This explains why, for instance, a child never having seen a spider or snake is instinctively panicked and scared, knowing that this is a threat (even when viewed in an enclosure or under glass). Interestingly enough, research shows that they are not as scared of other predatory animals such as tigers or lions and do not experience that heightened response. Evolutionary psychology has an explanation for this. These bigger predatory animals were easier to spot in hunter-gatherer times and therefore escape was easier, whereas the spider or snake unwittingly appears out of nowhere, causing a need for an instantaneous response to ensure survival.

Attachment is not just a theory

One of the core tenets of Buddhism is non-attachment. Being defined by or attached to the material life or even to relationships is regarded as the road to suffering. Upon scrutiny, this philosophy makes perfect sense, especially in this day and age where we are defined by what we have and how we look. Attachment, it is believed, prevents you from attaining that deeper insight to reach enlightenment. This is an aspiration many of us cannot achieve in its entirety, although its premise is very useful when dealing with life’s travails. When we release ourselves from clinging to desired outcomes we can live in the present and achieve the perspective to live with acceptance and equanimity.

But it is interesting to note that a Buddhist monastery is filled with monks. Even when they are in enforced silence, they are together in that silence. They eat, pray and meditate together. And there is nothing more moving than listening to their chanting in unison. We are designed to congregate and are drawn to the collective, especially when we share a higher goal or purpose.

From the moment a baby comes into the world, it clings to its mother. It is assumed that the mother only provides the essential food and protection the baby needs to survive, but survival is contingent on so much more. The mother provides comfort, love and affection, and these bonds are absolutely primal and essential for the very existence of life. A mother’s love is instinctual and this has been programmed into us as part of our evolutionary design as it ensures ongoing reproductive success.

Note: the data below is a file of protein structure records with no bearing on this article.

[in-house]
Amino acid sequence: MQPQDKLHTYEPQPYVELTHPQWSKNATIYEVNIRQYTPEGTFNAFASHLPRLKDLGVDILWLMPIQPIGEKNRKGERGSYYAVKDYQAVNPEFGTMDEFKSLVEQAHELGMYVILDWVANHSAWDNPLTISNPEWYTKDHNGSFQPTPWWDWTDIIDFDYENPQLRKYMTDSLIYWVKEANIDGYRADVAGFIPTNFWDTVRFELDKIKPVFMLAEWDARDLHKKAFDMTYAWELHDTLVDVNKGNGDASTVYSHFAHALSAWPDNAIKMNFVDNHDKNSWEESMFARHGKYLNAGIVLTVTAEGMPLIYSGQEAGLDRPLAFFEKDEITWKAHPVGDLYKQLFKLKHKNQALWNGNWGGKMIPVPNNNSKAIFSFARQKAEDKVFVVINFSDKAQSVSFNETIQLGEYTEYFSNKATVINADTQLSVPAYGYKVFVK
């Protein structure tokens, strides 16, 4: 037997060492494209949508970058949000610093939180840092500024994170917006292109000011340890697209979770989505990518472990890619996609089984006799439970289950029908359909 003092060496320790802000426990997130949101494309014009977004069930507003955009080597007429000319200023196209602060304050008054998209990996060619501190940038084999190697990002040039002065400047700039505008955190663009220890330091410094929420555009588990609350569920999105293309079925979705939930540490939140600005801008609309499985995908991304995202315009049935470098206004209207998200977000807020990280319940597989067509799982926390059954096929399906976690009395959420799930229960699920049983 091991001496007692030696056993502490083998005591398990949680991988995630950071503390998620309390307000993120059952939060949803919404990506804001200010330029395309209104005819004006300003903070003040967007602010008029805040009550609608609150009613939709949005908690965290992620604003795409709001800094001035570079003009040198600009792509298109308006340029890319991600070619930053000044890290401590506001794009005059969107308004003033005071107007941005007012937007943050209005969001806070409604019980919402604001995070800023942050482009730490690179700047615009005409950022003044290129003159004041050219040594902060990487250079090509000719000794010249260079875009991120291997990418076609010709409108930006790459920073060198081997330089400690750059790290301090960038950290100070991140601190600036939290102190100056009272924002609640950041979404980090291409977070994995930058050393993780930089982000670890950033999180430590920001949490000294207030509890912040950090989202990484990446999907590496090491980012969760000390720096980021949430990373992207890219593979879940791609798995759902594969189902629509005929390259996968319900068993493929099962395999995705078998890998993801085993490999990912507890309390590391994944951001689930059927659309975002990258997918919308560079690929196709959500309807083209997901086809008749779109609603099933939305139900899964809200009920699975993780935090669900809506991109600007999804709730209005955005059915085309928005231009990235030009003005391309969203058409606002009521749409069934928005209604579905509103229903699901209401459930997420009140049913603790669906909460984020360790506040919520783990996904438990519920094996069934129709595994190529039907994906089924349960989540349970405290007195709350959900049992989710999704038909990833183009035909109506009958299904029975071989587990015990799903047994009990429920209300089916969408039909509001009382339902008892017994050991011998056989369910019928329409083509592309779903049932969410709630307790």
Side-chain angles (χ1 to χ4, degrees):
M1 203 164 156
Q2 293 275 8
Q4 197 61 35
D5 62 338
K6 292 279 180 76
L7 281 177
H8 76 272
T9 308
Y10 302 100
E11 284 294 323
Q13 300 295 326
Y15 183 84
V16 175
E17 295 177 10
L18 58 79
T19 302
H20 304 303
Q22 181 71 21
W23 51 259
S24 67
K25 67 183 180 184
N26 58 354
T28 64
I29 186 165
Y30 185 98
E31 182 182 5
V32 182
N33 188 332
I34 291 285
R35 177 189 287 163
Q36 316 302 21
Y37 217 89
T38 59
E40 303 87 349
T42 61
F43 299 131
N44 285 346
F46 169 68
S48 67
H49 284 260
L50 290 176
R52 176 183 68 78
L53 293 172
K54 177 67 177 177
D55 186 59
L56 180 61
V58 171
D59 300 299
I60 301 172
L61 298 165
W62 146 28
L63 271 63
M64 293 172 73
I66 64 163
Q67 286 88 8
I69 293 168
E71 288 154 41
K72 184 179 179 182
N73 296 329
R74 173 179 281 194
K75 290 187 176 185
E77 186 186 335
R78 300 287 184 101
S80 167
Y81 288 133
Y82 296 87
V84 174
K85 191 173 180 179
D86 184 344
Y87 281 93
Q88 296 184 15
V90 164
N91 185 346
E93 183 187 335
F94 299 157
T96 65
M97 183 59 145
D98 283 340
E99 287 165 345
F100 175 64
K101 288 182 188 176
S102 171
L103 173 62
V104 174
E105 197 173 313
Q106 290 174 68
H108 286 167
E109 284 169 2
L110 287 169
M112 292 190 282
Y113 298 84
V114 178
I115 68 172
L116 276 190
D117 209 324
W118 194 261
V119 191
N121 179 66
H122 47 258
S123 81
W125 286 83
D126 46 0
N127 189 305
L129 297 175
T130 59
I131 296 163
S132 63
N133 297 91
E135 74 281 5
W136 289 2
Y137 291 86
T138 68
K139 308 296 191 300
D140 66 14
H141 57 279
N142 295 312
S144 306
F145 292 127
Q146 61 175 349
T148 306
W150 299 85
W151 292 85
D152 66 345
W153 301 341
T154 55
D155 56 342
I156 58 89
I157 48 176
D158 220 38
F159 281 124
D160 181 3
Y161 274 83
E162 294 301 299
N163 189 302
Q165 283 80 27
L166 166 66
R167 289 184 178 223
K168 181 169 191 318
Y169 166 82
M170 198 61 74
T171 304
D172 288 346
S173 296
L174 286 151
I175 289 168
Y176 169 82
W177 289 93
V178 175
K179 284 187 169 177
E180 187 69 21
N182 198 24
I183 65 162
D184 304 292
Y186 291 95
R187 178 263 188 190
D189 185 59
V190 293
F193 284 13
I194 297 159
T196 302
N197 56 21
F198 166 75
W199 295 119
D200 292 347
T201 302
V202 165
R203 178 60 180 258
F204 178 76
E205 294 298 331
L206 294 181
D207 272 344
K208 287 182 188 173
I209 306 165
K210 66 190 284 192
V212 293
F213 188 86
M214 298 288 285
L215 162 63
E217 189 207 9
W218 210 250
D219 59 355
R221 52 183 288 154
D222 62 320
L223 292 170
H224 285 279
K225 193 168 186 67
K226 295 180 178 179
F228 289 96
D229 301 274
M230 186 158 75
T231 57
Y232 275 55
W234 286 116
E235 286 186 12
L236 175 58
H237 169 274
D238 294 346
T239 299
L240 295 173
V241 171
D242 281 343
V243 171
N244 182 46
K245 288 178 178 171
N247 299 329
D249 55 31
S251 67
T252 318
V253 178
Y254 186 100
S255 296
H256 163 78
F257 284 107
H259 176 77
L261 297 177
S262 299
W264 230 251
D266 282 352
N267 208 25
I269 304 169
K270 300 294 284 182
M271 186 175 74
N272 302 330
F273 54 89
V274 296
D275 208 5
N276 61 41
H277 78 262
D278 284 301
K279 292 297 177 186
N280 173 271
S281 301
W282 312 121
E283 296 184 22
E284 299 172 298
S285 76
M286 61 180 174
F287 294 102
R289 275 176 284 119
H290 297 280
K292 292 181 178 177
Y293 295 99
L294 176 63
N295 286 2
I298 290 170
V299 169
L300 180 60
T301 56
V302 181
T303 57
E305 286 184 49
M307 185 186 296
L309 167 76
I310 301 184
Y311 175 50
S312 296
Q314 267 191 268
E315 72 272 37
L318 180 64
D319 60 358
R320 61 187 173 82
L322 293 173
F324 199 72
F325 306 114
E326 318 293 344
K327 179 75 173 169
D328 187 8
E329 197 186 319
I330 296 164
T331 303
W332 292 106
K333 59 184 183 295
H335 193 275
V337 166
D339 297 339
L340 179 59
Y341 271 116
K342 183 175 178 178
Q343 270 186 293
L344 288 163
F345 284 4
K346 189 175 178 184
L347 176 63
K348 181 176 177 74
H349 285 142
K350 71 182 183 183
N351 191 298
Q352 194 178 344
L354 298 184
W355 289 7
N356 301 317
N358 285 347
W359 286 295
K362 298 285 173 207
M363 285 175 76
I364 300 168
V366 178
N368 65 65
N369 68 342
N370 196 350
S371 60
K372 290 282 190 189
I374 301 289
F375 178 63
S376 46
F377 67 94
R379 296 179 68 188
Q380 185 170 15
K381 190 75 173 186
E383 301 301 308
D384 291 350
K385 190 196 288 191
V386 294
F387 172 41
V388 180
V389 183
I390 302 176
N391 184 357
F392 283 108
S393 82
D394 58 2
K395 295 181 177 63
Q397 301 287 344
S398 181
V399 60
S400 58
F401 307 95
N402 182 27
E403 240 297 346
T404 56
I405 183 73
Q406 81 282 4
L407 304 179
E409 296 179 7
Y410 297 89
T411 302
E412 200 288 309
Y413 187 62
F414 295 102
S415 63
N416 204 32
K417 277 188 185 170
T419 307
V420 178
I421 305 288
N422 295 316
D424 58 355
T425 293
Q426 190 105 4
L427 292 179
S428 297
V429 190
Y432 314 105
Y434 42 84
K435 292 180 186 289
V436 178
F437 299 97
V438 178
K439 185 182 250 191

For those mothers suffering from postnatal depression where they cannot bond with their child, this in itself puts the child at risk. Now we have access to psychological support and even medication, but in times when there was not that safety net dire consequences resulted. When we lived in bigger tribes in ancient times, a mother who could not provide that comfort was replaced by another member of the tribe who would effectively become the surrogate mother.

Maslow’s hierarchy of needs has at the very bottom of his pyramid the essential physiological need for food and shelter. Sitting above that sits the need for safety and security. It is only in the middle or third tier where love and belonging reside. Many neuroscientists and evolutionary psychologists would argue this point, asserting that the love and connection tier should be regarded as a primary and essential need. From the moment we exit the womb we need deep bonds of love and connection to survive. We know that children who suffer from abandonment or rejection in those early years have lifelong emotional issues. The upper two tiers of esteem and finally self-actualisation are indeed more about thriving than surviving, but self-love and regard can only occur when we have experienced it from others.

That famous song from the 1970s by the Hollies may have been more scientifically pertinent than its primary purpose of being a popular love song to woo swooning love-struck girls: “Sometimes all I need is the air that I breathe and to love you.” If we were to apply this inadvertent insight to Maslow’s pyramid you would actually have the physiological and connection needs sitting side by side on the bottom tier.

Connection is a matter of survival

Love and connection can never be regarded as an optional extra. It is fundamental to life on earth. Evolutionary design informs us that being social is not merely about having more fun or someone to talk to at a party but is intrinsic to your very survival.

Technology is hijacking and supplanting this need for actual connection and our brains are going haywire. It is time to plug back into your real social networks and to know that it is critical to belong to each other rather than to a service provider. Only humans can provide the network to be in service of each other.

Marie Rowland

Marie Rowland

Marie Rowland is a therapist in private practice on Sydney’s northern beaches helping people resolve the underlying issues that perpetuate conflict or disconnectedness so they can create meaningful and happy lives. Marie speaks at conferences, forums and community events on a variety of topics from wellbeing and positive psychology to practical philosophy.